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Meditation Goes Mainstream

Quiet contemplation gains ground as treatment aids in certain ailments.

The National Center for Complementary and Alternative Medicine, a division of the National Institutes of Health, released statistics in December showing that 9.4 percent of adults surveyed had used some form of meditation in the previous year, and that almost 13 percent had practiced deep breathing, which is often a part of meditation. Those numbers are up significantly from a similar survey in 2002. The people who used some form of complementary or alternative medicine such as meditation tended to be older, better educated and more prosperous.

Of the dozens of variations practiced today, the type of meditation most widely used within the U.S. health care system is called “mindfulness-based stress reduction.” Both a theory and a type of meditation, it was developed in the 1970s by Jon Kabat-Zinn, founder of the Center for Mindfulness in Medicine, Health Care, and Society at the University of Massachusetts Medical School. Kabat-Zinn’s research, teaching and books are largely responsible for the current widespread use of the practice.

Why is meditation so popular? “Because it works,” says 68-year-old Susan Stone, a longtime meditator and a visiting instructor with the University of Virginia’s department of medicine.

Stone practices and teaches mindfulness meditation. The idea is to learn to be aware of the present moment and rid the mind of distracting clutter such as: “Why did my daughter seem angry yesterday?” “Is this meeting ever going to be over?” “I’ll never be able to play the piano like that.”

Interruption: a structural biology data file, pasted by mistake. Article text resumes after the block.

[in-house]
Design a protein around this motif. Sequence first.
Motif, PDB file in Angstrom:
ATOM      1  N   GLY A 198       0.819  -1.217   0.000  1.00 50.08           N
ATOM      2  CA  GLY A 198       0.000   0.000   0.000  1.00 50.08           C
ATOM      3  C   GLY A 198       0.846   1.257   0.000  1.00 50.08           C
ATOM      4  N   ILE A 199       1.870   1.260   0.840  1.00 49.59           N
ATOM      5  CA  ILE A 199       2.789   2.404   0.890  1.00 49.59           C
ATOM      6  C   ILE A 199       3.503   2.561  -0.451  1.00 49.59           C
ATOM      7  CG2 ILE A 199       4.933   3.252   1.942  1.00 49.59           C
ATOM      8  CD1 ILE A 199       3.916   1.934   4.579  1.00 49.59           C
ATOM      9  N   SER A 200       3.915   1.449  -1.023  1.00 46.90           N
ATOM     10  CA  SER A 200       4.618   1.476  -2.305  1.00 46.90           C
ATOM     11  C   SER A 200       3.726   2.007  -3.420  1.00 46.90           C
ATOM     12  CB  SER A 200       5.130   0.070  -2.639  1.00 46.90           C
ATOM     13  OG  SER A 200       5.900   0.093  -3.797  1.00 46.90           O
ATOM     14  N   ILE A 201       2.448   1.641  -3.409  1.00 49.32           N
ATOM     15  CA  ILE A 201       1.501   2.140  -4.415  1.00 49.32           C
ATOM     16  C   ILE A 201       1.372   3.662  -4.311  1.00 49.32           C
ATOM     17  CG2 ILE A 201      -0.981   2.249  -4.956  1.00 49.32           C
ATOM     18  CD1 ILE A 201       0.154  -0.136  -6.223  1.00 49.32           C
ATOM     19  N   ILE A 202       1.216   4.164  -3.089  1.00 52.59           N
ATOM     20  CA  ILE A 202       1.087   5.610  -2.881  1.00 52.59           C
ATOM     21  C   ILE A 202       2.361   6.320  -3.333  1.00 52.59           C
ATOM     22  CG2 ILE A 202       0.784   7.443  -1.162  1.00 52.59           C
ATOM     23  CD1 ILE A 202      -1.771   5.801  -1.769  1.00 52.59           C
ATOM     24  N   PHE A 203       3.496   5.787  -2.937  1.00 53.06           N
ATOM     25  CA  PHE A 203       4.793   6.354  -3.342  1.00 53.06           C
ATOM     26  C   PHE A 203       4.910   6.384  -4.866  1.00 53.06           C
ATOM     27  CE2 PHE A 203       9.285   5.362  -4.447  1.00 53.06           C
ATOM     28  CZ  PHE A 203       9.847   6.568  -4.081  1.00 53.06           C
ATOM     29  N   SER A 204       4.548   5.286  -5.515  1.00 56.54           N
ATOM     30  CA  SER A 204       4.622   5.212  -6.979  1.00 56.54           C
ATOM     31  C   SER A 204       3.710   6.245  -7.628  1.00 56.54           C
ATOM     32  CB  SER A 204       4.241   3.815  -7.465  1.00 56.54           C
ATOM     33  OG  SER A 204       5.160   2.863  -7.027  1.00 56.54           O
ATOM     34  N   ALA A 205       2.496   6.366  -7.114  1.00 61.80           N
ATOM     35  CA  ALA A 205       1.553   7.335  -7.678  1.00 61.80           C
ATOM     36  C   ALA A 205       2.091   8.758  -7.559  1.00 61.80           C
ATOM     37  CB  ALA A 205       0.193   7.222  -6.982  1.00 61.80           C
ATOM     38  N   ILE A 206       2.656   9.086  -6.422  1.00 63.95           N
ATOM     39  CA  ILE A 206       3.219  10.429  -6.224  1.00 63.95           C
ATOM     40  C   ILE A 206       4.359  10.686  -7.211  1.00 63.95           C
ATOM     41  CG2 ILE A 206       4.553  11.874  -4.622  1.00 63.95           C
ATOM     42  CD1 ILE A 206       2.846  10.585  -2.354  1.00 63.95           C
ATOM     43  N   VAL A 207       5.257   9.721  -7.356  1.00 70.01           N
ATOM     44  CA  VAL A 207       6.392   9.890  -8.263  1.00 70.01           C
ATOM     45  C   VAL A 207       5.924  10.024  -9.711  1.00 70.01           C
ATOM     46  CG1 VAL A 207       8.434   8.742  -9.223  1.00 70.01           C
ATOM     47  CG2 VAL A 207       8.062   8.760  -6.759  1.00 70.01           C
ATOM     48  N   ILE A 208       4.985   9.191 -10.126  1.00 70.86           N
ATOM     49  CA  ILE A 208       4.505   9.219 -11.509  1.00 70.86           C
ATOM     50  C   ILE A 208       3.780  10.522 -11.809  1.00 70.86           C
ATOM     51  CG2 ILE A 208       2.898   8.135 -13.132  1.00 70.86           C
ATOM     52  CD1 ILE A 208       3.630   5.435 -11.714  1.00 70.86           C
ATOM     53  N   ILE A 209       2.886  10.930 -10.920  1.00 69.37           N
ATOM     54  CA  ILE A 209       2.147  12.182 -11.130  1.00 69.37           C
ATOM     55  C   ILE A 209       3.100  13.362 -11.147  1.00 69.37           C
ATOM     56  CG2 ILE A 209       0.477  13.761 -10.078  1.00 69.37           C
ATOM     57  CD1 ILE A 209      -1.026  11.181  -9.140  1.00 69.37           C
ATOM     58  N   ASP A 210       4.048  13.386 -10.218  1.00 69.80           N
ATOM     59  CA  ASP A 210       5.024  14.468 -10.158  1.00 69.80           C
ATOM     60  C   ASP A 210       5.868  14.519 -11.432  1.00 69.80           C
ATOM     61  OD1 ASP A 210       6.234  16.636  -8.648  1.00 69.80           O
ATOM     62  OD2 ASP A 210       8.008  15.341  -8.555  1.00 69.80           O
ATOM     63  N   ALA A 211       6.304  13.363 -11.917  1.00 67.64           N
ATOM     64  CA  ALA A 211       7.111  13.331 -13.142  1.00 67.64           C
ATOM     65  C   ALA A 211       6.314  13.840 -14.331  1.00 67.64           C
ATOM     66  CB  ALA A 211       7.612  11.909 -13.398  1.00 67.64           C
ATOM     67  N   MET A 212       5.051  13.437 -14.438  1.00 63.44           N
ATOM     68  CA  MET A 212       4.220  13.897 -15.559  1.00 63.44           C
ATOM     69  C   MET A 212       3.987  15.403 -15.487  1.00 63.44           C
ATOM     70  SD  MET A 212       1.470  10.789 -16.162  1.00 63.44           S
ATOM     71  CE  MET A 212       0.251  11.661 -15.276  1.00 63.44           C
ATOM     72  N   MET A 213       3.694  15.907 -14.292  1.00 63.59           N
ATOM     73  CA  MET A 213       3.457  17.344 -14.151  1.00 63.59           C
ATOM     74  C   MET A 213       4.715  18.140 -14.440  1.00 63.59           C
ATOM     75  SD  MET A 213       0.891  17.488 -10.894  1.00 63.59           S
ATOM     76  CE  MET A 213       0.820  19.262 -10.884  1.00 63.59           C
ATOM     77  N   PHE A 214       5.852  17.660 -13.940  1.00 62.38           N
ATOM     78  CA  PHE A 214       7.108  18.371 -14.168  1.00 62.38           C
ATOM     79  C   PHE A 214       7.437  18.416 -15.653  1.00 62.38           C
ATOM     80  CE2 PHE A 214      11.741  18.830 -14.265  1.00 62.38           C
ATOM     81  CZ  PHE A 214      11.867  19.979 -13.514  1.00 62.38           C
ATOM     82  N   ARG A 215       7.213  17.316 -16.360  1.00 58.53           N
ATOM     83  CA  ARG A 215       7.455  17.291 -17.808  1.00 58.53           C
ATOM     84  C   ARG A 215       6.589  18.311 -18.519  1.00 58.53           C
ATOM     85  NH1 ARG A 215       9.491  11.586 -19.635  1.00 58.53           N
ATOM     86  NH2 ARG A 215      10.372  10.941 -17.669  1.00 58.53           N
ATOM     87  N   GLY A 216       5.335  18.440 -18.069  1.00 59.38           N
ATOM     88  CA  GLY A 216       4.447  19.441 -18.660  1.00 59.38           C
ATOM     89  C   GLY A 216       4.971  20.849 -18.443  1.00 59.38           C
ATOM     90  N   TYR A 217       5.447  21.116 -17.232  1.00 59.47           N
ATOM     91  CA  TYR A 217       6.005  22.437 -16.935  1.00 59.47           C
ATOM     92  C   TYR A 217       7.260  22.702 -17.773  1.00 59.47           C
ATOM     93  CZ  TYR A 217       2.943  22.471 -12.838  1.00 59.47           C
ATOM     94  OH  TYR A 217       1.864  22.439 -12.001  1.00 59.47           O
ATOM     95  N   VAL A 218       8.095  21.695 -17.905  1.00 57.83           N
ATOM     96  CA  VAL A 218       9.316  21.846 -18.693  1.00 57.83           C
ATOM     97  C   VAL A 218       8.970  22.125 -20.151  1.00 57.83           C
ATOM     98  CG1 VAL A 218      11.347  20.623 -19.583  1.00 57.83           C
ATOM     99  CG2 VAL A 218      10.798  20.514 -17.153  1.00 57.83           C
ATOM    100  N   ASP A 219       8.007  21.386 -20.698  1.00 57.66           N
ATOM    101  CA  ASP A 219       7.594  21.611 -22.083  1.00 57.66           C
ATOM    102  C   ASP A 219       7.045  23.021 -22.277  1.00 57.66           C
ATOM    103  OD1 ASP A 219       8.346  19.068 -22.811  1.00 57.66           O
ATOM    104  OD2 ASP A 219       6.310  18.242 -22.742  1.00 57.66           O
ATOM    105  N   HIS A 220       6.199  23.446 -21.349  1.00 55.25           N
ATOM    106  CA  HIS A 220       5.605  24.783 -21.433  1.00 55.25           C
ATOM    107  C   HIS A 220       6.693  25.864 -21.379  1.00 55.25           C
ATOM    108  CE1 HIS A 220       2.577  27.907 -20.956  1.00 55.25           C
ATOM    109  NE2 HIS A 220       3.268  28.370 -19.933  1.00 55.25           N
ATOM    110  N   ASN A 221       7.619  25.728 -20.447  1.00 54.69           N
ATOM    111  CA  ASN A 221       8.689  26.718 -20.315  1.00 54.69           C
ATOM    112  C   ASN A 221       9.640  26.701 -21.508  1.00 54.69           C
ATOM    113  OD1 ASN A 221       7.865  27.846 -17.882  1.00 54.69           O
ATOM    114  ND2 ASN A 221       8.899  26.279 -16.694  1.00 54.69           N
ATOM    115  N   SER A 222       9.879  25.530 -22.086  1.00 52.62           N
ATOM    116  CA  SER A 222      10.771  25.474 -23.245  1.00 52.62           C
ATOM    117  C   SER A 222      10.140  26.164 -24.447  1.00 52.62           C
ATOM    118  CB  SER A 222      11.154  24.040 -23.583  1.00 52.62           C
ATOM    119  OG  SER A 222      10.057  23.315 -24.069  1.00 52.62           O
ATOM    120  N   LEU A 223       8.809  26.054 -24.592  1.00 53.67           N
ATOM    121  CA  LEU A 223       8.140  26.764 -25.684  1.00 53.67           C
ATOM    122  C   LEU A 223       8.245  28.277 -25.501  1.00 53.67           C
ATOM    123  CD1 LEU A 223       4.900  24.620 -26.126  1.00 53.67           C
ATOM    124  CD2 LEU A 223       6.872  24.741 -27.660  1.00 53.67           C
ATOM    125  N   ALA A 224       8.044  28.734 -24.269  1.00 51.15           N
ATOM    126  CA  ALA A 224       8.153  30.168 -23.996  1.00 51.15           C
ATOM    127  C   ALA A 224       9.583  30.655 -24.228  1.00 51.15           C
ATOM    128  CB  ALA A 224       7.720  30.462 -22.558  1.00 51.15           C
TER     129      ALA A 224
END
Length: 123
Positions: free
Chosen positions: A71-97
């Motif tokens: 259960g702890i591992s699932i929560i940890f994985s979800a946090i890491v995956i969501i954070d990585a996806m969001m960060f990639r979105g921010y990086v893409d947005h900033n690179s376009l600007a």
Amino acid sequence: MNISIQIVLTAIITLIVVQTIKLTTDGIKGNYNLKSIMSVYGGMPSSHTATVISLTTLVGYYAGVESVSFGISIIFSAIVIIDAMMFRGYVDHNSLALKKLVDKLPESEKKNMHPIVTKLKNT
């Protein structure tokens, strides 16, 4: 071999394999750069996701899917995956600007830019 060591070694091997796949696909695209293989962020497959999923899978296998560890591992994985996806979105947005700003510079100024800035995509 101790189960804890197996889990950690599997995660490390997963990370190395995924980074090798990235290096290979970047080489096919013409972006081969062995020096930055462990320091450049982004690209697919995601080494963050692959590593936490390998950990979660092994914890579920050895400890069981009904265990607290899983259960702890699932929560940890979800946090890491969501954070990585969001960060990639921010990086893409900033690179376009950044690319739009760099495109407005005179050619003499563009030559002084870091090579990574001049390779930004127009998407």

Stone says mindfulness training involves learning how to unhook from disruptive thoughts so we can make choices about where we want to direct our attention. She emphasizes that part of meditation practice is learning kindness, to oneself and to others.

Experts say that meditation is not meant to create psychedelic revelations or trips to another mental universe. And it has nothing to do with cults and is separate from religious faith, although prayer itself is a form of meditation.

From Buddhist monks to medical journals

Purposeful, quiet contemplation is an ancient practice. Some 2,500 years ago, Buddhist monks organized their contemplation into a specific form that continues today, sitting quietly, breathing deeply and concentrating the mind by chanting aloud, or silently, a single word. Using techniques similar to mindfulness meditation, Buddhist or transcendental meditators seek enlightenment through awareness, human kindness and personal acceptance that radiates outward.

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